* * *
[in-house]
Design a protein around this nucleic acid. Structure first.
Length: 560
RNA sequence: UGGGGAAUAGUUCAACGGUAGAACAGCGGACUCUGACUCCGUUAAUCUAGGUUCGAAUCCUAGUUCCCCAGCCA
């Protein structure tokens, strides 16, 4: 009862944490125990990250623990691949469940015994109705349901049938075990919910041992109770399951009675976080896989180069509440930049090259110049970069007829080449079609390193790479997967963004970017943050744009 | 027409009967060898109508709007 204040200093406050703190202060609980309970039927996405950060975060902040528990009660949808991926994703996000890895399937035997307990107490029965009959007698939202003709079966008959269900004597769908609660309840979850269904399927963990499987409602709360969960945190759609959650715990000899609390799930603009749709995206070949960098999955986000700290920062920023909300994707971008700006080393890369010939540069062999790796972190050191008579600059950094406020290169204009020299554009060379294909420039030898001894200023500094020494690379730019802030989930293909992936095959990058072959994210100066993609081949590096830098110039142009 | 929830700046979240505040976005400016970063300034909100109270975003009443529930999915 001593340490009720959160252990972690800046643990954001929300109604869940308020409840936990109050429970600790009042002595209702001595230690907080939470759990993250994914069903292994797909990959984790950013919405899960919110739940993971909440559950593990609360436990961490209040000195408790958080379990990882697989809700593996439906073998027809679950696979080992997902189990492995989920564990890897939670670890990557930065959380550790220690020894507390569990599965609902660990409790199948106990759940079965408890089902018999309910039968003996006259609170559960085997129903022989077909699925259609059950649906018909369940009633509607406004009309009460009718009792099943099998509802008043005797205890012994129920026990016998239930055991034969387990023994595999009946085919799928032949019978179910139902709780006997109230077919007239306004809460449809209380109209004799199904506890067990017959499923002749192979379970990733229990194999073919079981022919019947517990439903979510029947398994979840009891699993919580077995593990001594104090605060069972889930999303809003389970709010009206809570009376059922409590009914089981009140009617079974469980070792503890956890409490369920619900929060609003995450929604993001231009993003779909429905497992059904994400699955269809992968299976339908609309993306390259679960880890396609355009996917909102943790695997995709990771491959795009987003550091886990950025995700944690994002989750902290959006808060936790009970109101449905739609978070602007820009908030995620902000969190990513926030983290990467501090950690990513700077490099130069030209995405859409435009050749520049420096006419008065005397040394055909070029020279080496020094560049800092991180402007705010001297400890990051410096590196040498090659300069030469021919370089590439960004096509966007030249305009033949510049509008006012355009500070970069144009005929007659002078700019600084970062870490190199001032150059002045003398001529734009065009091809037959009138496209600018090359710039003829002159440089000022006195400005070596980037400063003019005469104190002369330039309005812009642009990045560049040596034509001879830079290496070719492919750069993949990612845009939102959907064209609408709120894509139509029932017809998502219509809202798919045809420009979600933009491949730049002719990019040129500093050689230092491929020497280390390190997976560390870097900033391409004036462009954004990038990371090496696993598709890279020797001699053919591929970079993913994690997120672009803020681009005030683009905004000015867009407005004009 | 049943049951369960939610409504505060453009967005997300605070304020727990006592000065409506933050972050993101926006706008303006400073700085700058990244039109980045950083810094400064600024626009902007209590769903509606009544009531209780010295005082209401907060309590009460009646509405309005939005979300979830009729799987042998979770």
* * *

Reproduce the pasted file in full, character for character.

[in-house]
Design a protein around this nucleic acid. Structure first.
Length: 560
RNA sequence: UGGGGAAUAGUUCAACGGUAGAACAGCGGACUCUGACUCCGUUAAUCUAGGUUCGAAUCCUAGUUCCCCAGCCA
């Protein structure tokens, strides 16, 4: 009862944490125990990250623990691949469940015994109705349901049938075990919910041992109770399951009675976080896989180069509440930049090259110049970069007829080449079609390193790479997967963004970017943050744009 | 027409009967060898109508709007 204040200093406050703190202060609980309970039927996405950060975060902040528990009660949808991926994703996000890895399937035997307990107490029965009959007698939202003709079966008959269900004597769908609660309840979850269904399927963990499987409602709360969960945190759609959650715990000899609390799930603009749709995206070949960098999955986000700290920062920023909300994707971008700006080393890369010939540069062999790796972190050191008579600059950094406020290169204009020299554009060379294909420039030898001894200023500094020494690379730019802030989930293909992936095959990058072959994210100066993609081949590096830098110039142009 | 929830700046979240505040976005400016970063300034909100109270975003009443529930999915 001593340490009720959160252990972690800046643990954001929300109604869940308020409840936990109050429970600790009042002595209702001595230690907080939470759990993250994914069903292994797909990959984790950013919405899960919110739940993971909440559950593990609360436990961490209040000195408790958080379990990882697989809700593996439906073998027809679950696979080992997902189990492995989920564990890897939670670890990557930065959380550790220690020894507390569990599965609902660990409790199948106990759940079965408890089902018999309910039968003996006259609170559960085997129903022989077909699925259609059950649906018909369940009633509607406004009309009460009718009792099943099998509802008043005797205890012994129920026990016998239930055991034969387990023994595999009946085919799928032949019978179910139902709780006997109230077919007239306004809460449809209380109209004799199904506890067990017959499923002749192979379970990733229990194999073919079981022919019947517990439903979510029947398994979840009891699993919580077995593990001594104090605060069972889930999303809003389970709010009206809570009376059922409590009914089981009140009617079974469980070792503890956890409490369920619900929060609003995450929604993001231009993003779909429905497992059904994400699955269809992968299976339908609309993306390259679960880890396609355009996917909102943790695997995709990771491959795009987003550091886990950025995700944690994002989750902290959006808060936790009970109101449905739609978070602007820009908030995620902000969190990513926030983290990467501090950690990513700077490099130069030209995405859409435009050749520049420096006419008065005397040394055909070029020279080496020094560049800092991180402007705010001297400890990051410096590196040498090659300069030469021919370089590439960004096509966007030249305009033949510049509008006012355009500070970069144009005929007659002078700019600084970062870490190199001032150059002045003398001529734009065009091809037959009138496209600018090359710039003829002159440089000022006195400005070596980037400063003019005469104190002369330039309005812009642009990045560049040596034509001879830079290496070719492919750069993949990612845009939102959907064209609408709120894509139509029932017809998502219509809202798919045809420009979600933009491949730049002719990019040129500093050689230092491929020497280390390190997976560390870097900033391409004036462009954004990038990371090496696993598709890279020797001699053919591929970079993913994690997120672009803020681009005030683009905004000015867009407005004009 | 049943049951369960939610409504505060453009967005997300605070304020727990006592000065409506933050972050993101926006706008303006400073700085700058990244039109980045950083810094400064600024626009902007209590769903509606009544009531209780010295005082209401907060309590009460009646509405309005939005979300979830009729799987042998979770």